Importance of Loan to Value Ratio For Potential Home Buyers

Many people aren't aware that there is such a thing as loan to value ratio until they prepare to invest in a home or property. This is a big factor in determining if you will qualify for a loan, as well as how much interest rates will be. Lenders look closely at three factors in determining whether you qualify for a loan: Credit score, debt-to-income ratio, and LTV or loan to value ratio.

Why the LTV ratio is important

The loan to value ratio lets a lender know how big of a risk you are, or whether you will be more likely to default on the loan. The lower your LTV ratio, the better chances you will qualify for a loan and get lower interest rates. The higher the number, the bigger risk you are in the eyes of the lender.

The formula for determining the loan to value ratio is simple. Divide the property's value (appraised value) in to the amount of the loan. The result is the LTV ratio. Lenders prefer that this number is 80% or less; the lower the LTV ratio, the higher amount of equity you will have in the home or property. For example, if the ratio is 70%, you have 30% equity in the property.

Lenders do not want to loan money against property that is apt to be foreclosed on later on, so determining the loan to ratio value is essential. Frequently, lenders will require a buyer to pay for PMI or private mortgage insurance if the LTV ratio is high, because it helps protect them against risk. This can make your mortgage payment substantially higher.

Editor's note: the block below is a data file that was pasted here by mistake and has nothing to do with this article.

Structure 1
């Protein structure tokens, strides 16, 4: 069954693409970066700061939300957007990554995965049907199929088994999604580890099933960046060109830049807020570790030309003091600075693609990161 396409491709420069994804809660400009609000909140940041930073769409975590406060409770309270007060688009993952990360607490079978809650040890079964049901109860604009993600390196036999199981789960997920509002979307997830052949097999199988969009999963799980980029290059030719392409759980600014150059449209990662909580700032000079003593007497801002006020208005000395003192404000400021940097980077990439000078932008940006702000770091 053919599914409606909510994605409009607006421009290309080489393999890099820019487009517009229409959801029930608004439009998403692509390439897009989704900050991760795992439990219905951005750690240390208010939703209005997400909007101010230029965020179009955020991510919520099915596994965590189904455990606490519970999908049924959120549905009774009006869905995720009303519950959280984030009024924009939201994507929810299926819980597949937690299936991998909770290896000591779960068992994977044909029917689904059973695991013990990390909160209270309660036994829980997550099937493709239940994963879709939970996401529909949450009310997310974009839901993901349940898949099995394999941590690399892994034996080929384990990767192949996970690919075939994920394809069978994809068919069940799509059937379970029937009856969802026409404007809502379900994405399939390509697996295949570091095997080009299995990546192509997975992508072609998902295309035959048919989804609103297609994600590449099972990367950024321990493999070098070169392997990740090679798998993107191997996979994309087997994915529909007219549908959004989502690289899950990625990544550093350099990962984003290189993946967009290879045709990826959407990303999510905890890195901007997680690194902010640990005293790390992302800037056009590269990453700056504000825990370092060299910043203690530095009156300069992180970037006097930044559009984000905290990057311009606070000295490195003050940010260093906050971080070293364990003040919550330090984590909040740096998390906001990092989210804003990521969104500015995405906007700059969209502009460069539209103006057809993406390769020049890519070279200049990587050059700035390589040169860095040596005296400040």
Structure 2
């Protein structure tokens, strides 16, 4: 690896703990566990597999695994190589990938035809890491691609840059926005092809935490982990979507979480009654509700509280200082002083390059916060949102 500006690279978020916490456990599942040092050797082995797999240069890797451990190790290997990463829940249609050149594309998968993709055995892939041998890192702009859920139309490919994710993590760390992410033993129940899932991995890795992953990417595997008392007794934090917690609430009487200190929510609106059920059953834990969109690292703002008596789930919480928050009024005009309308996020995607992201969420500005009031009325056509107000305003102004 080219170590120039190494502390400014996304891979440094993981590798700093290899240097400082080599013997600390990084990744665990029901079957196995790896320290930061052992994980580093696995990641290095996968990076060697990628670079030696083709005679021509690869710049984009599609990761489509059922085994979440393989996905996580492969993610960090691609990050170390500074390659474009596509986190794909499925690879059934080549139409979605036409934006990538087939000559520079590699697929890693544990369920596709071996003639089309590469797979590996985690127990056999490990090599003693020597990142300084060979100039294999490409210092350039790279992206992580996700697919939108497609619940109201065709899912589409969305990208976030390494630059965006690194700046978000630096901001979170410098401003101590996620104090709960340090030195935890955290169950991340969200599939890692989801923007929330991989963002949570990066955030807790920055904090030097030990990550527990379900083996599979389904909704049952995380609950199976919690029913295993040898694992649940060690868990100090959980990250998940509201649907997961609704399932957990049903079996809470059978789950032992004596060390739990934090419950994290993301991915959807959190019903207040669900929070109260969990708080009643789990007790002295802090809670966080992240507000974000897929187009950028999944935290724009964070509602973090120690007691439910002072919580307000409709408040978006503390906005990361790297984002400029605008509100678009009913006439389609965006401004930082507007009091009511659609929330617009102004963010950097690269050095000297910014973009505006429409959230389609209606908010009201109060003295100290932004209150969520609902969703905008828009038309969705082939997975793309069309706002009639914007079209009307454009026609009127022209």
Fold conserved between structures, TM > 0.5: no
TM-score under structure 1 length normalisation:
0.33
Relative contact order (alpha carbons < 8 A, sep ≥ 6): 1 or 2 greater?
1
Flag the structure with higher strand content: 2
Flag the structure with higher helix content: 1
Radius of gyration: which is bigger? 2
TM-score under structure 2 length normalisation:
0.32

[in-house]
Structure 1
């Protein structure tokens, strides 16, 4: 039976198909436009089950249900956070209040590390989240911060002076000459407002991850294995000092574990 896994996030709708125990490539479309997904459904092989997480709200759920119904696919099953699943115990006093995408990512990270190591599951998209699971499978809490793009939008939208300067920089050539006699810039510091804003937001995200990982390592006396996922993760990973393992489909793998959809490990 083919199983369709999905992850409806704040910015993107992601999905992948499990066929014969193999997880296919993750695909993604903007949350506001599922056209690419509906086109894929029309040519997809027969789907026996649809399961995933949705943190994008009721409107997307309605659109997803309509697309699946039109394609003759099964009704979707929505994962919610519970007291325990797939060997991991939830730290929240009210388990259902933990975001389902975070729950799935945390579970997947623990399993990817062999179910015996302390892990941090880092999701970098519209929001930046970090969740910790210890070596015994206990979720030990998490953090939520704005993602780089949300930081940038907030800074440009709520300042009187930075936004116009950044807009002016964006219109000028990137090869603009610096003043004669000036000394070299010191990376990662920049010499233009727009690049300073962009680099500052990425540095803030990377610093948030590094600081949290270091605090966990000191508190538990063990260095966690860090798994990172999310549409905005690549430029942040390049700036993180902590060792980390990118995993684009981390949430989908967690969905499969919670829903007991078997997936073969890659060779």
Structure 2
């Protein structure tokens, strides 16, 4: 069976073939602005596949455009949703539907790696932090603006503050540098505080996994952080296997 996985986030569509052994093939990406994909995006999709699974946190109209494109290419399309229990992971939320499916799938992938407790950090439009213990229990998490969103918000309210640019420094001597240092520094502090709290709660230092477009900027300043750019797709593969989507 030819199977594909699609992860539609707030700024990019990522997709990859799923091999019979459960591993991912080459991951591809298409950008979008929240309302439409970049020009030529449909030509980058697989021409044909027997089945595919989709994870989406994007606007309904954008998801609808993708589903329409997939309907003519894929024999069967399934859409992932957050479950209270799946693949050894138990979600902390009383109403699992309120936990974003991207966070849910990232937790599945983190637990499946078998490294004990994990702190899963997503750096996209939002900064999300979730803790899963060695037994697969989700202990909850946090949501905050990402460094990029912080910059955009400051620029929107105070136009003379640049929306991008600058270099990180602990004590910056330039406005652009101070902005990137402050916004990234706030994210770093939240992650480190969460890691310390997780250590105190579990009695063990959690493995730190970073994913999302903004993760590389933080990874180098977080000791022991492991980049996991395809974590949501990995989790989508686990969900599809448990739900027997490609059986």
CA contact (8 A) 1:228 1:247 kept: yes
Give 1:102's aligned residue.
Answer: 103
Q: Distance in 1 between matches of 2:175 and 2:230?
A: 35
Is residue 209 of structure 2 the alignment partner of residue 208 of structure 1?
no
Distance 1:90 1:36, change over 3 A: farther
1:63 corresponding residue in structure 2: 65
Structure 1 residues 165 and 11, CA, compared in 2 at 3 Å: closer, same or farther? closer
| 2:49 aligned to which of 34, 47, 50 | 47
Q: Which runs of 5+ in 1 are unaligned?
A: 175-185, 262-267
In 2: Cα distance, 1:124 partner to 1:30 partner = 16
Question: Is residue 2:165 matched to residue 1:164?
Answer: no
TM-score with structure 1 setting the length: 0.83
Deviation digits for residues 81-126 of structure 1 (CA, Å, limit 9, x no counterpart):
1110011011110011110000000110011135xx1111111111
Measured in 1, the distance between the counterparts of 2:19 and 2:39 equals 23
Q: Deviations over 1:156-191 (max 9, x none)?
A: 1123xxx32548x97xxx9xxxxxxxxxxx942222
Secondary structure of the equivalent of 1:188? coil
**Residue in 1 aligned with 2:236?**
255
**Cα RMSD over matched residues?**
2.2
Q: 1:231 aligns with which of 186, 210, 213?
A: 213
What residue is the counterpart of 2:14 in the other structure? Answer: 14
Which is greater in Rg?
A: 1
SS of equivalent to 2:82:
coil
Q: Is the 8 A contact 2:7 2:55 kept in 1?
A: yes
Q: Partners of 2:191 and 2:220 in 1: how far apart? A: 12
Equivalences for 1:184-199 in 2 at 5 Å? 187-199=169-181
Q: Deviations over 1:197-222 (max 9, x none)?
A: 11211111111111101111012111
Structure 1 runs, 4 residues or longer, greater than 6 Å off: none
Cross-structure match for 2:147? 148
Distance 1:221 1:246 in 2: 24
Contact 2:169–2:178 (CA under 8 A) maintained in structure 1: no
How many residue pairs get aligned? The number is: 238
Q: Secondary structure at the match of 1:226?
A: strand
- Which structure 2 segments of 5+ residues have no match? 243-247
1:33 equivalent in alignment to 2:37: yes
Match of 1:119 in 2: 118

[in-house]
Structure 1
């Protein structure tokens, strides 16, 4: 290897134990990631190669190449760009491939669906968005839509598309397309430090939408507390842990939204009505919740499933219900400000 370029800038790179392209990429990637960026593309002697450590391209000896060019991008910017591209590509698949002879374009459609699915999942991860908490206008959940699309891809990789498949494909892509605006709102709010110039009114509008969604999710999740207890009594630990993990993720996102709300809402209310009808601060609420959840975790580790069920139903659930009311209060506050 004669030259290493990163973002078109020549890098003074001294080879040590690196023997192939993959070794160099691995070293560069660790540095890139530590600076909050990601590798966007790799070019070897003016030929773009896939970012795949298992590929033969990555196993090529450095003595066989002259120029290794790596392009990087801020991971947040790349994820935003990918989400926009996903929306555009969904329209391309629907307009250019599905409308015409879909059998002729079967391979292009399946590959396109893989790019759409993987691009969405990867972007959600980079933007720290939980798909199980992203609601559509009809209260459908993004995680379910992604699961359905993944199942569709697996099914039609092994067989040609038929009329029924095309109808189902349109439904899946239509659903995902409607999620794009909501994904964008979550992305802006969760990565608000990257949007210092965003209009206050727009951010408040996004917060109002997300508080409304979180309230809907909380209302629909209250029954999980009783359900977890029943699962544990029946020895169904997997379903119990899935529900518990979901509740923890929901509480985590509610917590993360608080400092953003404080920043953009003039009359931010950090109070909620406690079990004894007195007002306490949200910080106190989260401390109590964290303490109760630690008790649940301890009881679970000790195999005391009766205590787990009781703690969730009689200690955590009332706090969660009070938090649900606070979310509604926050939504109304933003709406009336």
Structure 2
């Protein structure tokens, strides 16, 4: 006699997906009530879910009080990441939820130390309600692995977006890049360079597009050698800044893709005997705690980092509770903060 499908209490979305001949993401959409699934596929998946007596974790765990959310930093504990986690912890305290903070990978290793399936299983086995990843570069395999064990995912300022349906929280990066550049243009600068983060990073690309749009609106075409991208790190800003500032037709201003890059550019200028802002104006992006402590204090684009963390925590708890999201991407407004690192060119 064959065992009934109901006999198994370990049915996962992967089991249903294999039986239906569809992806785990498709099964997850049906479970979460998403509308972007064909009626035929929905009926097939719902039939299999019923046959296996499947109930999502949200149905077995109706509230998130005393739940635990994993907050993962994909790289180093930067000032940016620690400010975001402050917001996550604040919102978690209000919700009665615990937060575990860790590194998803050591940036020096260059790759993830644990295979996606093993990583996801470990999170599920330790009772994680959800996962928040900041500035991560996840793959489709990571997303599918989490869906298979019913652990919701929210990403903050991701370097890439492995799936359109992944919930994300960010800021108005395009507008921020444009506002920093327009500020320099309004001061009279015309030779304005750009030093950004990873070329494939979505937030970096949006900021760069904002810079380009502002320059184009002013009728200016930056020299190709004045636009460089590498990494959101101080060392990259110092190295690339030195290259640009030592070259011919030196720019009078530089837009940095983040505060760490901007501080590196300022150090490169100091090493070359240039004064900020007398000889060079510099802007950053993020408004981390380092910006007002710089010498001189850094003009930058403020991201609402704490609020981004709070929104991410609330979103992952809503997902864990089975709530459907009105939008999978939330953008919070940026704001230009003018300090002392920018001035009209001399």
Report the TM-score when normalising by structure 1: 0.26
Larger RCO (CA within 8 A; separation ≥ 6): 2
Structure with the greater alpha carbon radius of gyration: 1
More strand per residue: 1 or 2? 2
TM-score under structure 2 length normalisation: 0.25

A low loan to value ratio doesn't guarantee a loan

Even though you may have a low LTV ratio, it doesn't mean you will automatically qualify for a loan.

Lenders look at two other factors very closely, your credit history and debts compared to income. It is usually required that your debt-to-income ratio is within range and that you have fairly good credit in order to qualify for a loan.

A lender may also determine the housing-to-income ratio, which is done by dividing the amount your loan payment each month would be by your gross monthly income.

Even if you have a high LTV ratio, it doesn't necessarily mean that your lender will not approve your loan request. If you have exceptional credit and a minimal amount of debt compared to your income, you may still qualify.